32. Nascent State. Nitrogen, as we have seen, is a very inert substance. Indeed, it can be made to combine directly with scarcely any element. In the above experiment, the hydrogen first seizes upon the oxygen, forming water, and sets the nitrogen free.

At the moment when it is thus set free it has an increased activity, and readily unites with the hydrogen to form ammonia.

It is found generally true that elements are unusually active when just liberated from compounds. They are then said to be in the nascent state.

33. Nitrous Anhydride. -- If a jar of oxygen be inverted over a jar of nitric oxide, the gases, on mixing, become of a bright cherry-red color. The compound formed differs from nitric oxide only in containing more oxygen.

It is called nitrous anhydride (nitrous acid), and its formula is N,Og.

34. Nitric Peroxide and Nitric Anhydride. — It is possible to form two higher oxides of nitrogen, NO2, nitric peroxide, and NGOs, nitric anhydride.

The former, at a temperature below 70°, is an orangecolored liquid ; and the latter is a white solid, which eagerly unites with water, forming the well-known

aquafortis, or nitric acid, HNO. The reaction between nitric anhydride and water is shown by the following equation :

} (H2O + N2O3)=HNOz. 35. Nitric Acid. - Nitric acid is a strongly fuming liquid, colorless when pure, but usually yellowish from the presence of some of the lower oxides of nitrogen. It is one of the most corrosive substances known, and rapidly destroys all animal substances. When diluted, it stains the skin, wool, feathers, and the like, a bright yellow color, and is often used as a permanent yellow dye for silk and woollen goods. It acts violently upon tin and iron filings, especially when they are moistened with water. Indeed it attacks all the ordinary metals, except gold and platinum. Its action upon them, however, is more energetic when it is somewhat dilute.

The action of nitric acid upon the metals is owing to the readiness with which it parts with some of its oxygen. It first oxidizes them, and then acts upon these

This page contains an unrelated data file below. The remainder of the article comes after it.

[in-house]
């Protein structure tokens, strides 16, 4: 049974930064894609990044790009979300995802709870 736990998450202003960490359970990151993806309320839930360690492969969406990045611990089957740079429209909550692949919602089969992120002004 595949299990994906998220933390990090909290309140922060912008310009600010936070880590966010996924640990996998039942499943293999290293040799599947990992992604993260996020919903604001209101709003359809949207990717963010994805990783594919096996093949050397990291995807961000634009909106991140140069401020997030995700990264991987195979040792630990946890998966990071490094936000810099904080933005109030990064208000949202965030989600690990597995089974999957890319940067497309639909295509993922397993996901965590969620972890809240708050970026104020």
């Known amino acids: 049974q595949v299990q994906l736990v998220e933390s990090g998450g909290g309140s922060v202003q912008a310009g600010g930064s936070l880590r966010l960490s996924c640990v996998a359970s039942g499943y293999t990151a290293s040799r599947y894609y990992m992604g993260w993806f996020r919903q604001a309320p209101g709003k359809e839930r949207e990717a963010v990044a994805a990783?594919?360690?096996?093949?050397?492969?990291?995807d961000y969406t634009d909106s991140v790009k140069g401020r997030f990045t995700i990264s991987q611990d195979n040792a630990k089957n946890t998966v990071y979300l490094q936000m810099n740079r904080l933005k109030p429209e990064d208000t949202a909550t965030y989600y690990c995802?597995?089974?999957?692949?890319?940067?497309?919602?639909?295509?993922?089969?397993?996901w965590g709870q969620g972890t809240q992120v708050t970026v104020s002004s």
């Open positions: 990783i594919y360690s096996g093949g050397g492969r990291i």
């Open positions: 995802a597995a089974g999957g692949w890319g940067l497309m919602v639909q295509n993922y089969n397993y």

basic oxides (16), to form salts (17). During this process, the lower oxides of nitrogen are always given off, as is indicated by the appearance of red fumes.

Nitric acid may be made on a small scale by heating potassic nitrate (saltpetre), in a retort with sulphuric acid (oil of vitriol). The nitric acid distils over, and is collected in a receiver. The re-action is as follows:

2KNO, +H,80,=K,50 + 2HNO3. The hydrogen and the potassium change places, giving rise to potassic sulphate (sulphate of potash) and nitric acid.

On the large scale, iron retorts, coated with fire-clay on the inside of the upper part, where they are exposed to the acid vapors, are employed for the distillation, and sodic nitrate (soda saltpetre) is substituted for potassic nitrate, as it is a cheaper salt, and likewise yields 9 per cent more nitric acid than potassic nitrate.

36. Nitrous Oxide. - A fifth oxide of nitrogen is obtained by gently heating ammonic nitrate (nitrate of ammonia). It is called nitrous oxide, and its symbol is N,O. The reaction is shown by the following equation :

(H.N)NO, = 2H,O+N,O. The ammonic nitrate, (H N)NO3, breaks


into water and nitrous oxide.

N,O is a colorless gas, and readily gives up its oxygen. Phosphorus burns in it as brilliantly as in pure oxygen. A splint of wood with a sp rk on the end of it bursts into flame when plunged into the gas. When inhaled, it has a peculiarly exhilarating effect, and hence is called laughing gas. It is used by dentists as an anæsthetic, since it makes the patient for the time insensible to pain. Great care must be taken that the gas when inhaled is perfectly pure.